The menu at the Monster Cafe was quite limited and unfortunately many of the desserts were sold out even though the day was just starting. My husband chose the only Japanese sounding dish on the menu while I decided to try the Monster Burger. Our little girl got the french fries she had been asking for, since it took a while for her to get used to the Japanese food. They were served with colorful dipping sauces. My husband also ordered a drink, which was served in test tubes. What was in it? We have no idea, but it sure looked interesting. The food at the Monster Cafe was ok, but I would not choose this place based on the culinary experience. They were fun, but not as tasty as the food we had been enjoying during our Japan trip. 

Monster Burger

Monster Burger

Video; Non Druggy Cocktail (Experiment)

People exit the Monster Cafe American style; by walking through a souvenir shop. Overall the lunch was very interesting and fun, but maybe one time in this place will be enough for me. If you want to experience something really crazy or if you are traveling with kids, I would recommend this cafe just so you can see something different. The prices are little bit higher than the average restaurant in Japan, but here you will be paying for the experience, not just for the food. But it wasn't too expensive. I think Monster Cafe definitely takes the first spot on my "weirdest restaurants" list! 

Kawaii Monster Cafe can be found from; YM Square Building 4F, 4-31-10, Jingumae, Shibuya, Tokyo.


How I spotted a Geisha in Kyoto

Paula Gaston

When we started to plan our trip to Japan, one thing was very clear to me; I wanted to see a real geisha! But I soon realised that it was easier said than done. I read many articles about geishas and found out that they are almost a disappearing tradition in Japan. This profession doesn't attract young people anymore, and there are only about 200 working geishas in Kyoto. So my chances of seeing one were pretty slim. I felt like my obsession was kind of silly and even a little childish, but we still decided to try. I tried to prepare myself for a disappointment.

A geisha is sort of an Japanese hostess or an entertainer who mostly works at tea houses, but can also be seen at different events. They usually perform dances, play games with guests or serve tea and drinks. Against many believes they are not prostitutes. In the Kyoto area, the geishas are called either geiko or maiko (if it is a young apprentice geisha). Geishas usually have a long training which they start as early as 15 years old. They start as maikos and then graduate to become geikos when they are about 20. You can tell the difference between a maiko and a geiko by the way they dress up, and their decorations and make up. Also many tourists want to try out the geisha costume during their visit to Japan, so if you run into a geisha in a touristy spot in the middle of the day, then you have most likely just seen a tourist.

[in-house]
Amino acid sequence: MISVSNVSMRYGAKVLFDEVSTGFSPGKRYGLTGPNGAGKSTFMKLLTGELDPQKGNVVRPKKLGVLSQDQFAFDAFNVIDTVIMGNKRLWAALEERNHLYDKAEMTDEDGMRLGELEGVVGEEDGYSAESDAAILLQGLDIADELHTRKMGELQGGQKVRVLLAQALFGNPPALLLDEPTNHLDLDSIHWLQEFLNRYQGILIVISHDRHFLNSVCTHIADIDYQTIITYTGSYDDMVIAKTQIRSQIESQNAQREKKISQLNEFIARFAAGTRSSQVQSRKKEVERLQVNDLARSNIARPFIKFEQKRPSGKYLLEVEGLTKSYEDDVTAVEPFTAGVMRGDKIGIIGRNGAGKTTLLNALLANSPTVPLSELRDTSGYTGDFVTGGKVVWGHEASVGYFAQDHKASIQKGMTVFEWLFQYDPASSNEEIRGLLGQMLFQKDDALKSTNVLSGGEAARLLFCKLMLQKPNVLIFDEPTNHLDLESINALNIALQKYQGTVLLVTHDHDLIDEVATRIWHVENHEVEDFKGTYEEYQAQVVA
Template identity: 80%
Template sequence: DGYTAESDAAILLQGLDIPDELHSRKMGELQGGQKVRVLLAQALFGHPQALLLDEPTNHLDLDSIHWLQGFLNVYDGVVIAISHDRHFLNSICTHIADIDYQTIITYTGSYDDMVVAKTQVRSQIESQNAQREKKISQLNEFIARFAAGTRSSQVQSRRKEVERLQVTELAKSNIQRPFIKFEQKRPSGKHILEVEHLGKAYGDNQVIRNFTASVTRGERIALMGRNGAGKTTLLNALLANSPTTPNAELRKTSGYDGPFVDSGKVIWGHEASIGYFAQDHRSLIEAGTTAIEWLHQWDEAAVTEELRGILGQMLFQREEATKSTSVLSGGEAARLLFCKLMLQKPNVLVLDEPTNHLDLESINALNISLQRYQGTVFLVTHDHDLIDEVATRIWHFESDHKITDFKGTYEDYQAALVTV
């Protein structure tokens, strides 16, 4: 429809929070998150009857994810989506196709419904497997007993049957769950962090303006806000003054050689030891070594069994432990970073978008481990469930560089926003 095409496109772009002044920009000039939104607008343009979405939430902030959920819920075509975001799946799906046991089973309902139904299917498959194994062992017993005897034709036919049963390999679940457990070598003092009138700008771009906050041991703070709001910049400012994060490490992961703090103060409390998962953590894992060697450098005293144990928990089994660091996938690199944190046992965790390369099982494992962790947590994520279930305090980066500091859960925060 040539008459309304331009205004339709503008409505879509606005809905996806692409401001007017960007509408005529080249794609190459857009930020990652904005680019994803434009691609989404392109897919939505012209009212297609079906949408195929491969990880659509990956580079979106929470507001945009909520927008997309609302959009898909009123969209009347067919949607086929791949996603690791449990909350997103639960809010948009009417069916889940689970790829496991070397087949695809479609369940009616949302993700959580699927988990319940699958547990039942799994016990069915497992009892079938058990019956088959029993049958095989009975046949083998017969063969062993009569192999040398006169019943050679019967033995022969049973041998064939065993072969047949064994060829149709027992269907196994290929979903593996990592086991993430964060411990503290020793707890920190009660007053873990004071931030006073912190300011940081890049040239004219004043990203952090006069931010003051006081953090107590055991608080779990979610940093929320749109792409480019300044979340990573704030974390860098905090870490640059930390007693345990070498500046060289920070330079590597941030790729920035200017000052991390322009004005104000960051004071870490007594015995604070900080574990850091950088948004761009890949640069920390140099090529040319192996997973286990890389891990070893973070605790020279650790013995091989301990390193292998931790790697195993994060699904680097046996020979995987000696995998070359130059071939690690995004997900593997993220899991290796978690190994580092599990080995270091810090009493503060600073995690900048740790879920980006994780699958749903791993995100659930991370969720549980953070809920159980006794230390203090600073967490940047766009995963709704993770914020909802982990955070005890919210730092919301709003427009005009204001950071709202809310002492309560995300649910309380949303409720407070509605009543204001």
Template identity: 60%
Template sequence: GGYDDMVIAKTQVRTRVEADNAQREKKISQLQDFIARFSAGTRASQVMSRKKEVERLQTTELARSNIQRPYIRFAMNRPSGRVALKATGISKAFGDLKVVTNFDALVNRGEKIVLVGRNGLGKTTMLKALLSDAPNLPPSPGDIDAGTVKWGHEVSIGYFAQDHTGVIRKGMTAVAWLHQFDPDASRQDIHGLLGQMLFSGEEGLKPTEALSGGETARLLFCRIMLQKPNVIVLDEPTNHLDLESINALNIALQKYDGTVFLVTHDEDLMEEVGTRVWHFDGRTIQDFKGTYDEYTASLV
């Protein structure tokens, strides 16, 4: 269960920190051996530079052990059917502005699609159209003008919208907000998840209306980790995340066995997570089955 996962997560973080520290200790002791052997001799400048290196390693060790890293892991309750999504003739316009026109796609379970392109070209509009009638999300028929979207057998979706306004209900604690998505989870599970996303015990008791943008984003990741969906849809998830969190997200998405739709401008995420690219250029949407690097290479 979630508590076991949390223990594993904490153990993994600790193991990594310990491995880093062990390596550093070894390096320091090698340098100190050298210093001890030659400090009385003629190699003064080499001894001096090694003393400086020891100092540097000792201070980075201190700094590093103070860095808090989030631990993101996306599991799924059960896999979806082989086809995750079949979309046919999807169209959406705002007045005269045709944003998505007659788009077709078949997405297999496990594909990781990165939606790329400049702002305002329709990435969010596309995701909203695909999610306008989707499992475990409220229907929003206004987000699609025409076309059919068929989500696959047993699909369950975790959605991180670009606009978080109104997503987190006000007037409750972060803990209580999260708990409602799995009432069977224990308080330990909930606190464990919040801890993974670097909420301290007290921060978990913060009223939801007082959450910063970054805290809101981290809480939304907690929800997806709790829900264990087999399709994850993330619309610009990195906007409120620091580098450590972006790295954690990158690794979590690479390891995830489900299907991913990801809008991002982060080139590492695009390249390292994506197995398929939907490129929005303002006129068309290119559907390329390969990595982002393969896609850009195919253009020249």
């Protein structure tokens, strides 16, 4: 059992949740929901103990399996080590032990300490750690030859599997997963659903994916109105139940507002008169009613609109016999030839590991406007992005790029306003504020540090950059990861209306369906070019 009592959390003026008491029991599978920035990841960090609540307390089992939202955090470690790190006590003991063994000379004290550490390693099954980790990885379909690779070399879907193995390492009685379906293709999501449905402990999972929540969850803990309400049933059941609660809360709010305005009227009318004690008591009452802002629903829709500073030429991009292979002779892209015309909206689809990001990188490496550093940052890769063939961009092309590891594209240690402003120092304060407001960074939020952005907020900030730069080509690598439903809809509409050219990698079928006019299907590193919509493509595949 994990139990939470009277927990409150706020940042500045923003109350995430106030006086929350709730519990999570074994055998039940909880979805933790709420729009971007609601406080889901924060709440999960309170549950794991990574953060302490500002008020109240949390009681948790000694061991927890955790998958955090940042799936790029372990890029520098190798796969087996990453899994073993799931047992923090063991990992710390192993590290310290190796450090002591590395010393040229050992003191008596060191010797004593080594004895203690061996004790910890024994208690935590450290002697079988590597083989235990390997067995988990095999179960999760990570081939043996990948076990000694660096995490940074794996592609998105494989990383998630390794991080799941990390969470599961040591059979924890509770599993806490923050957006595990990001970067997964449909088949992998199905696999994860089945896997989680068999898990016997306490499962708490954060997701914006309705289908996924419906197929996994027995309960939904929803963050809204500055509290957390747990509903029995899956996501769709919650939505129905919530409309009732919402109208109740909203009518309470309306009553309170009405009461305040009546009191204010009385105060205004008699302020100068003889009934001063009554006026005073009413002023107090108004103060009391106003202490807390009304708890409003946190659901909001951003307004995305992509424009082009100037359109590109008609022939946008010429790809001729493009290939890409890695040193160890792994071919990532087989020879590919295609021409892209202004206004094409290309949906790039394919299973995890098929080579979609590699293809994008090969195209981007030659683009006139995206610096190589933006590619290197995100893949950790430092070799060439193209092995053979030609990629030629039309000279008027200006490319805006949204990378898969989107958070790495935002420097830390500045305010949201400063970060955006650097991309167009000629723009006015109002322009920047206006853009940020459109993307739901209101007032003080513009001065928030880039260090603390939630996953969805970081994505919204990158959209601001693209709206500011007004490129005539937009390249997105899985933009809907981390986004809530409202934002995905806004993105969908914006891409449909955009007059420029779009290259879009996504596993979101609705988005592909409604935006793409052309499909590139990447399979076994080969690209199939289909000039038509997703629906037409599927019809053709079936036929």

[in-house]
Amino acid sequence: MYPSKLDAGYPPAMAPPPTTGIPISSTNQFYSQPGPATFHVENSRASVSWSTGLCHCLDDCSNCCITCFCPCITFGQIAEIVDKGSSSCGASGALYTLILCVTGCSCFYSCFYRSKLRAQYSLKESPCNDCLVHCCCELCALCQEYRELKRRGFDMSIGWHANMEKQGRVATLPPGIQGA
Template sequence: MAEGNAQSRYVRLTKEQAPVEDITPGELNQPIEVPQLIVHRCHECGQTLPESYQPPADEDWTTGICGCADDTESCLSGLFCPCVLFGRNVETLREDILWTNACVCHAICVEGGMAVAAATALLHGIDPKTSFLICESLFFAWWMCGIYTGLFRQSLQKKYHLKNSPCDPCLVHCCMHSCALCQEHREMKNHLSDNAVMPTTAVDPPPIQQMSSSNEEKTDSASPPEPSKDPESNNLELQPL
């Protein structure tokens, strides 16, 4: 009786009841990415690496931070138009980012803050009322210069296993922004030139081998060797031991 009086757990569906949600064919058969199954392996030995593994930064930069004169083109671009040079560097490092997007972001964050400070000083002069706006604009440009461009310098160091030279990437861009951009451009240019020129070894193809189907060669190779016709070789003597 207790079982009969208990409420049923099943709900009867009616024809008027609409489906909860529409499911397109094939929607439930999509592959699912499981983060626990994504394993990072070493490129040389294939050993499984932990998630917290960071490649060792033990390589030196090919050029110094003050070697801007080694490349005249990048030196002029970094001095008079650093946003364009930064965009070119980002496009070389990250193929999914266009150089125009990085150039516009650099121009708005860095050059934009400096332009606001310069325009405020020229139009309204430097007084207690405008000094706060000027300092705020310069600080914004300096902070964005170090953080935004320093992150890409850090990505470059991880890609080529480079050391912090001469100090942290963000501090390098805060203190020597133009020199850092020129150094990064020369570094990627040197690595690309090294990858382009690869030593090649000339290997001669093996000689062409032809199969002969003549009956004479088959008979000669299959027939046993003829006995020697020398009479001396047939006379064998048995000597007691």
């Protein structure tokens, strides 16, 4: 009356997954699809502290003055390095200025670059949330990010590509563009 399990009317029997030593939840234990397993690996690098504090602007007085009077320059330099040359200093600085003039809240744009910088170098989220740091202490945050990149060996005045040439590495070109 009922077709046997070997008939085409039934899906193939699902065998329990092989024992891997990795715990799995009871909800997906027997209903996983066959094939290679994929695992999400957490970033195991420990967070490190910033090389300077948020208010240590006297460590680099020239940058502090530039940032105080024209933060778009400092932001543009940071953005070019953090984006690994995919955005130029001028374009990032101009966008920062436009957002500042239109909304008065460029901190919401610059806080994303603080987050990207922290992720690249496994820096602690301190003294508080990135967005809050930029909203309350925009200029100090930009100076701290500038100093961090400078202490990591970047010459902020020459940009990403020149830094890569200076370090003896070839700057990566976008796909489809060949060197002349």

I chose our travel dates to Kyoto on purpose for the weekend because I knew that the geishas would be most likely working at least on Saturday nights. We planned to walk around and maybe even have dinner in the famous Gion Geisha District. I read so many articles about where I could spot a geisha, and based on those, geisha hunting was pretty popular among the tourists. Some of the pictures of people chasing them on the streets looked quite horrible honestly, and I didn't want to harass them. Many of the articles mentioned that geishas are usually busy getting to their work, so they wont stop for photos or to chat with tourists. I read somewhere that you could stand and wait by a known geisha school on a street called Hanamikoji Dori, and they would most likely appear at some point. This seemed a little much to me, so as a back up plan I thought that we could see a show with geishas at the Gion Corner Yasaka Hall  cultural center. In this show the geishas perform some dances and a tea ceremony. A few times a year there are also some public events in which geishas participate and you can join in.

On Saturday night, we arrived at the Gion District which was already occupied by the tourists. The tea houses had opened their doors and the atmosphere there was somehow special. We walked around admiring the paper lanterns when suddenly we heard a jingling sound. And just like that, a real geisha walked by us! She disappeared as fast as she had appeared and we didn't have time to do anything. I had seen my first geisha! In the next two hours we saw almost ten maikos on their way to the tea houses, and they all seemed to appear from no where and disappear in a heart beat. It was magical! But unfortunately, we also saw some tourists who were running after them or standing in their way while taking pictures. We mostly stood behind others, but at least my husband was able to get a couple nice videos of them.  

When we left Gion District we were standing at a traffic light with a maiko. She seemed to like our little daughter who was so fascinated by the geishas. They smiled at each other and waved. This maiko was maybe on her way to work or was waiting for a ride. At first I didn't notice a man standing next to her who might of been a client of hers. I have heard that you should not take pictures of geishas with their clients, so I blurred his face. Although I have no idea if this was the case or if they were standing there together.